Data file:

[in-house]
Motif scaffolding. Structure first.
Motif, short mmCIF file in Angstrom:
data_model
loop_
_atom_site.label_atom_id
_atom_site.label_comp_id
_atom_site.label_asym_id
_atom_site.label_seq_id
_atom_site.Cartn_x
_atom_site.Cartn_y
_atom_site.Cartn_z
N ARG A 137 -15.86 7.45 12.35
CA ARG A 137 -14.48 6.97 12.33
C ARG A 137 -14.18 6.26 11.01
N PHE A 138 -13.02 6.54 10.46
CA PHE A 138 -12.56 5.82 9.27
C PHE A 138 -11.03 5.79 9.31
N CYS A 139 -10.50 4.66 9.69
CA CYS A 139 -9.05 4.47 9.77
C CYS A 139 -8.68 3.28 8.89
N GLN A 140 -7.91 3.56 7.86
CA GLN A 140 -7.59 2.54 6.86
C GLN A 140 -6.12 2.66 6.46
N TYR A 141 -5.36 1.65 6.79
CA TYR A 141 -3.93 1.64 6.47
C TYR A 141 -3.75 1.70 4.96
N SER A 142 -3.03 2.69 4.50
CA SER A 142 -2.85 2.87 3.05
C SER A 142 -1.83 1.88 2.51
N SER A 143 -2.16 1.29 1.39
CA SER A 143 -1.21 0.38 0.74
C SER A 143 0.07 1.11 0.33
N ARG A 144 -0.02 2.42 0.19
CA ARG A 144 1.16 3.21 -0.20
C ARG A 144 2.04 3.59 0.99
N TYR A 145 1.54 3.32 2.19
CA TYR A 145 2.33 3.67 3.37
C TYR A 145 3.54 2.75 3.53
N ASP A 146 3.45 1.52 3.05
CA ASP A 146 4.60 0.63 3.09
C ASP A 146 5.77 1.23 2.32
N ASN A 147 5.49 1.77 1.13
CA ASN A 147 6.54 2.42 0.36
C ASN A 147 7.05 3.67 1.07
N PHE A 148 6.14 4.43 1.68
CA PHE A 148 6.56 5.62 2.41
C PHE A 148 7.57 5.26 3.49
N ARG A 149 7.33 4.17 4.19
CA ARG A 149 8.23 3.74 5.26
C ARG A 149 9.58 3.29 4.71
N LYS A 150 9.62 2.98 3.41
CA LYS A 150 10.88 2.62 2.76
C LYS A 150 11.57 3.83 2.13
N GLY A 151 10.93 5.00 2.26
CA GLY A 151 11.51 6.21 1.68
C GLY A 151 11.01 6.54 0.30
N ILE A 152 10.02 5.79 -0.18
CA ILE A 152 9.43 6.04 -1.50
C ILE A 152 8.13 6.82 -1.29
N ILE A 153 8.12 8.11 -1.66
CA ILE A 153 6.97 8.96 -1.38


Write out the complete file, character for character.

[in-house]
Motif scaffolding. Structure first.
Motif, short mmCIF file in Angstrom:
data_model
loop_
_atom_site.label_atom_id
_atom_site.label_comp_id
_atom_site.label_asym_id
_atom_site.label_seq_id
_atom_site.Cartn_x
_atom_site.Cartn_y
_atom_site.Cartn_z
N ARG A 137 -15.86 7.45 12.35
CA ARG A 137 -14.48 6.97 12.33
C ARG A 137 -14.18 6.26 11.01
N PHE A 138 -13.02 6.54 10.46
CA PHE A 138 -12.56 5.82 9.27
C PHE A 138 -11.03 5.79 9.31
N CYS A 139 -10.50 4.66 9.69
CA CYS A 139 -9.05 4.47 9.77
C CYS A 139 -8.68 3.28 8.89
N GLN A 140 -7.91 3.56 7.86
CA GLN A 140 -7.59 2.54 6.86
C GLN A 140 -6.12 2.66 6.46
N TYR A 141 -5.36 1.65 6.79
CA TYR A 141 -3.93 1.64 6.47
C TYR A 141 -3.75 1.70 4.96
N SER A 142 -3.03 2.69 4.50
CA SER A 142 -2.85 2.87 3.05
C SER A 142 -1.83 1.88 2.51
N SER A 143 -2.16 1.29 1.39
CA SER A 143 -1.21 0.38 0.74
C SER A 143 0.07 1.11 0.33
N ARG A 144 -0.02 2.42 0.19
CA ARG A 144 1.16 3.21 -0.20
C ARG A 144 2.04 3.59 0.99
N TYR A 145 1.54 3.32 2.19
CA TYR A 145 2.33 3.67 3.37
C TYR A 145 3.54 2.75 3.53
N ASP A 146 3.45 1.52 3.05
CA ASP A 146 4.60 0.63 3.09
C ASP A 146 5.77 1.23 2.32
N ASN A 147 5.49 1.77 1.13
CA ASN A 147 6.54 2.42 0.36
C ASN A 147 7.05 3.67 1.07
N PHE A 148 6.14 4.43 1.68
CA PHE A 148 6.56 5.62 2.41
C PHE A 148 7.57 5.26 3.49
N ARG A 149 7.33 4.17 4.19
CA ARG A 149 8.23 3.74 5.26
C ARG A 149 9.58 3.29 4.71
N LYS A 150 9.62 2.98 3.41
CA LYS A 150 10.88 2.62 2.76
C LYS A 150 11.57 3.83 2.13
N GLY A 151 10.93 5.00 2.26
CA GLY A 151 11.51 6.21 1.68
C GLY A 151 11.01 6.54 0.30
N ILE A 152 10.02 5.79 -0.18
CA ILE A 152 9.43 6.04 -1.50
C ILE A 152 8.13 6.82 -1.29
N ILE A 153 8.12 8.11 -1.66
CA ILE A 153 6.97 8.96 -1.38